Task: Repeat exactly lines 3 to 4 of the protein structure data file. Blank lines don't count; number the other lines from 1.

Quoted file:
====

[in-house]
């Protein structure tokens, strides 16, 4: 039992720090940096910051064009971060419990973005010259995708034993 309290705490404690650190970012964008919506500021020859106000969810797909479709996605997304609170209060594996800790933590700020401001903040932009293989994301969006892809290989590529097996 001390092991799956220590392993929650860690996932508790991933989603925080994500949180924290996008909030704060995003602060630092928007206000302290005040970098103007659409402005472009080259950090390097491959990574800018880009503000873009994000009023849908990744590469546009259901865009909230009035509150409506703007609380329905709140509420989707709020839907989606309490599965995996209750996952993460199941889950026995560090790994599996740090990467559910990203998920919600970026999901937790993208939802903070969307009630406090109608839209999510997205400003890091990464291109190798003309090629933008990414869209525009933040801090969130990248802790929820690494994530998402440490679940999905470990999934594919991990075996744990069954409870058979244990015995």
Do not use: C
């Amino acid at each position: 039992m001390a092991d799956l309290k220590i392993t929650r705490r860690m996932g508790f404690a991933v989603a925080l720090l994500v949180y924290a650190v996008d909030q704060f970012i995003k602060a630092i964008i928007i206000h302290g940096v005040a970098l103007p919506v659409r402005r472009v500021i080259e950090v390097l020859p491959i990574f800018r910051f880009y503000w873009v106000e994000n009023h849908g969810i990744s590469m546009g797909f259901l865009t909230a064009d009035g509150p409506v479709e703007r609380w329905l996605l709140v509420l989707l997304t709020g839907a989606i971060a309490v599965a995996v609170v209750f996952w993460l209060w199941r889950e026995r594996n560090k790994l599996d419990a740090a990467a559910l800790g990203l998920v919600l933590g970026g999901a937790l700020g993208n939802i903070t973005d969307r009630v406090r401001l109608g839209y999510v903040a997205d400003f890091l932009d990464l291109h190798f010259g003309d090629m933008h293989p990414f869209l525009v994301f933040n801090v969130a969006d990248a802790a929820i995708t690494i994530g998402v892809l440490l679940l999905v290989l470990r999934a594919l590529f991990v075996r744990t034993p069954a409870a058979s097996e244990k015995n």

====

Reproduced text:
Do not use: C
């Amino acid at each position: 039992m001390a092991d799956l309290k220590i392993t929650r705490r860690m996932g508790f404690a991933v989603a925080l720090l994500v949180y924290a650190v996008d909030q704060f970012i995003k602060a630092i964008i928007i206000h302290g940096v005040a970098l103007p919506v659409r402005r472009v500021i080259e950090v390097l020859p491959i990574f800018r910051f880009y503000w873009v106000e994000n009023h849908g969810i990744s590469m546009g797909f259901l865009t909230a064009d009035g509150p409506v479709e703007r609380w329905l996605l709140v509420l989707l997304t709020g839907a989606i971060a309490v599965a995996v609170v209750f996952w993460l209060w199941r889950e026995r594996n560090k790994l599996d419990a740090a990467a559910l800790g990203l998920v919600l933590g970026g999901a937790l700020g993208n939802i903070t973005d969307r009630v406090r401001l109608g839209y999510v903040a997205d400003f890091l932009d990464l291109h190798f010259g003309d090629m933008h293989p990414f869209l525009v994301f933040n801090v969130a969006d990248a802790a929820i995708t690494i994530g998402v892809l440490l679940l999905v290989l470990r999934a594919l590529f991990v075996r744990t034993p069954a409870a058979s097996e244990k015995n």